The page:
The challenge of flax : a study of New Zealand Woolpack and Textiles Limited, Foxton and its employees : a thesis presented in partial fulfilment of the requirements for the degree of Master of Arts in Geography at Massey University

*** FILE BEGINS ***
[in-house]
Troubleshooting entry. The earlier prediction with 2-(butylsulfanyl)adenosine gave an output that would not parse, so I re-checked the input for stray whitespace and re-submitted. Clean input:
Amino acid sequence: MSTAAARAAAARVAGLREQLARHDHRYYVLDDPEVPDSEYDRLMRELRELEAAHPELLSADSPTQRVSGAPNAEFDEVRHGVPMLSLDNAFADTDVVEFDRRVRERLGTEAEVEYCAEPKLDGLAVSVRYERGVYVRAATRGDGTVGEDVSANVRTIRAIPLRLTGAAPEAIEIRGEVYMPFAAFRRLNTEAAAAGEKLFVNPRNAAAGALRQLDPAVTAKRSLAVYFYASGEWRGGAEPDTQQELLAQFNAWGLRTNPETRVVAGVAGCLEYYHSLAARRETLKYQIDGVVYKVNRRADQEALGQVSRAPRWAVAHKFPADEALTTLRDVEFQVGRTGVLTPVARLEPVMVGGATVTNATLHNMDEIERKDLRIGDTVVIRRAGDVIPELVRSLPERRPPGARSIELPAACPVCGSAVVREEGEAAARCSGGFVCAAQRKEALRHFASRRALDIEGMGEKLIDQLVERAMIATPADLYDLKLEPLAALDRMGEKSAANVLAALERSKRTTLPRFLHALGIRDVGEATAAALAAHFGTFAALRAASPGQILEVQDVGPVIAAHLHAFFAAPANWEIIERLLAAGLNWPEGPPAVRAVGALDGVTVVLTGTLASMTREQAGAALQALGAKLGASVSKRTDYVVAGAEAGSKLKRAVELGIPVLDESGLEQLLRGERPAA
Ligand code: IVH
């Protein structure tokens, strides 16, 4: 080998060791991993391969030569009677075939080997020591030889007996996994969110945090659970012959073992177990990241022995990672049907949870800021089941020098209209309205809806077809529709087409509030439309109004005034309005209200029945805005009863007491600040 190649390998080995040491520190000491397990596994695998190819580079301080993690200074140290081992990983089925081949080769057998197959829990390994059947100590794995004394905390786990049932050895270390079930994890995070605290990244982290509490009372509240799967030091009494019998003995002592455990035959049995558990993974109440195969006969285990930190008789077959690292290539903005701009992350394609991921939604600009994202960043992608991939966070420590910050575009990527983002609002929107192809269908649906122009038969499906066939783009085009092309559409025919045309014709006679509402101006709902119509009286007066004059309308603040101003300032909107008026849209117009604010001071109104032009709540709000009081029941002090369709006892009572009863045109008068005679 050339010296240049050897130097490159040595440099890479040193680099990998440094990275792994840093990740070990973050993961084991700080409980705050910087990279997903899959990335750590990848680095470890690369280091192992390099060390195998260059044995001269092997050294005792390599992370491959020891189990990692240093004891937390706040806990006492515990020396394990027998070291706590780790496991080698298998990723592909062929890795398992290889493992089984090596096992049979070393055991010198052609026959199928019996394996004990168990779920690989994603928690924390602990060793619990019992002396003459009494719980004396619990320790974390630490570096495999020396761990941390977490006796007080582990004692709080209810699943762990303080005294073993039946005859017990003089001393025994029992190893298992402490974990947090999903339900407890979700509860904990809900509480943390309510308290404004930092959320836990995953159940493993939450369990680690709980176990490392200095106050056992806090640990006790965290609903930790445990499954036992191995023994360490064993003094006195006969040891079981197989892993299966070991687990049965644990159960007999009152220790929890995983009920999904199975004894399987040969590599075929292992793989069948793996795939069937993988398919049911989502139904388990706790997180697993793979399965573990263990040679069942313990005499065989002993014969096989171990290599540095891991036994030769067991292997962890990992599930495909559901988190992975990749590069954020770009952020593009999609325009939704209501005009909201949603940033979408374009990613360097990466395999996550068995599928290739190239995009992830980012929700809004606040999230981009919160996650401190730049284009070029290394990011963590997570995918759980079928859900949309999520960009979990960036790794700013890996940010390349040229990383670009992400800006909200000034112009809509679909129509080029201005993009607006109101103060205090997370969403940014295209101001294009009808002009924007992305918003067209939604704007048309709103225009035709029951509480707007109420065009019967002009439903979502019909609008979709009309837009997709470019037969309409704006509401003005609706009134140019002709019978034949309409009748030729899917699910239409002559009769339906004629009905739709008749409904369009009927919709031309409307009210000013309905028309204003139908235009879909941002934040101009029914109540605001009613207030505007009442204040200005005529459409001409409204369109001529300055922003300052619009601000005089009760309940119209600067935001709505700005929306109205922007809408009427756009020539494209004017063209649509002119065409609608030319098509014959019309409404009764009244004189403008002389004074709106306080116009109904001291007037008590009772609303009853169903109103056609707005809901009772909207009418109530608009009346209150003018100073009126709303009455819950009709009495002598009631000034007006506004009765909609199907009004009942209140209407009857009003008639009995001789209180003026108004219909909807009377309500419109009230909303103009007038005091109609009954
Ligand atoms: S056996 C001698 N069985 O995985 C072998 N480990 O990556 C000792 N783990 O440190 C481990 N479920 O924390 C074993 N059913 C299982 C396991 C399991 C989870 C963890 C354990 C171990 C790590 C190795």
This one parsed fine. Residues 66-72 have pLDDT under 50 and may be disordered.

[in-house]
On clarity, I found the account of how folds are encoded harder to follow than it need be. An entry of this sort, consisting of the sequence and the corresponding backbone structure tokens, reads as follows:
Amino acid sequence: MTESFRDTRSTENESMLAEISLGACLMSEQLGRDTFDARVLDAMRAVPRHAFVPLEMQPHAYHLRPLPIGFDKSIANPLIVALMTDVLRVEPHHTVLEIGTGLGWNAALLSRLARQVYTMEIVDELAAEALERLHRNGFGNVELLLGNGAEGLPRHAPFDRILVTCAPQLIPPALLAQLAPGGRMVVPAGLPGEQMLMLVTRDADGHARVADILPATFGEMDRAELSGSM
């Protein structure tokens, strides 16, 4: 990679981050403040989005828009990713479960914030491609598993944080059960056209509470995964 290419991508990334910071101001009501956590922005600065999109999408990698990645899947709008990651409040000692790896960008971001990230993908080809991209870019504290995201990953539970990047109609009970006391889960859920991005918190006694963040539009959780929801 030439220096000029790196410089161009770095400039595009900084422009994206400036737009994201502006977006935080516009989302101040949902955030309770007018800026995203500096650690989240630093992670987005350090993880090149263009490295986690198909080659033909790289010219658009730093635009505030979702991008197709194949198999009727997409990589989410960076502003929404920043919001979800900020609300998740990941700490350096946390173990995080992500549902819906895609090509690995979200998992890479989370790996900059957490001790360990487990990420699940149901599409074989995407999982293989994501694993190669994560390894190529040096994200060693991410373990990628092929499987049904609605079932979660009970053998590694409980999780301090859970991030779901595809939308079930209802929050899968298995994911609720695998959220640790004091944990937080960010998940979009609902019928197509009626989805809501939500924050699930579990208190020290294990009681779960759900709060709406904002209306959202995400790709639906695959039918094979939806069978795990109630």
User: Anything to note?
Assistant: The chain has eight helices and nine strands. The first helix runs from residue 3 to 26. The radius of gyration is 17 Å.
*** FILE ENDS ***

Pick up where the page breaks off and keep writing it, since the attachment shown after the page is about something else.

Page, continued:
"Flax is the life blood of Foxton" - a truth or a myth? This often repeated remark by past and present residents prompted the study of its one major industry, New Zealand Woolpack and Textiles Limited and its employees. To give the study a wider perspective, it has been set against the background of the flax industry as it developed in New Zealand prior to 1933. This terminal date marked the virtual collapse of New Zealand's export trade in flax fibre and the establishment at Foxton of the Company of New Zealand Woolpack and Textiles Limited. Although the firm continues to play a vital role in the economic and social affairs of Foxton, flax in recent years has been of declining importance to the industry as it has diversified its manufactures into products which no longer have flax as their prime raw material. If plastic fibres are substituted for flax in the manufacture of woolpacks, and there is a strong possibility, flax growing and milling would be of even less significance for the people of Foxton than they are today. I should like to record my sincere appreciation of those who have rendered assistance during the preparation of this thesis. In particular, the following are mentioned: Messrs. W.E. Hale and C. Pearce (New Zealand Woolpack and Textiles Limited); Messrs. W.J. Walker and G.B. Miller (Department of Agriculture); Mr. D.D. Wilson (Department of Labour); the Department of Lands and Survey; the Valuation Department (Palmerston North); the New Zealand Wool Board; and the Mitsui Company (Wellington). I wish to acknowledge the sources of the following photographs: Figure 3 - New Zealand Aerial Mapping Limited, Hastings; Figures 4, 5, 6 and 7 - Geography Department, Massey University; Figure 8 - Whites Aviation Limited, Auckland. Special thanks are due to Mrs. Flathaug for typing the manuscript and to Miss Yvonne Pearson for cartographic assistance in the preparation of the maps. To my mother, for her unfailing support and encouragement throughout my years of study, I owe a tremendous debt of gratitude. To my wife, Joan, for her help and tolerant understanding during the preparation and completion of this research, I also owe a great deal. Finally, I should like to express my indebtedness to my two supervisors, Mr. B.G.R. Saunders in the preliminary stages of this study and Professor Thomson, whose unflagging interest and helpful criticism provided the inspiration and stimulus which saw this investigation through to its eventual completion.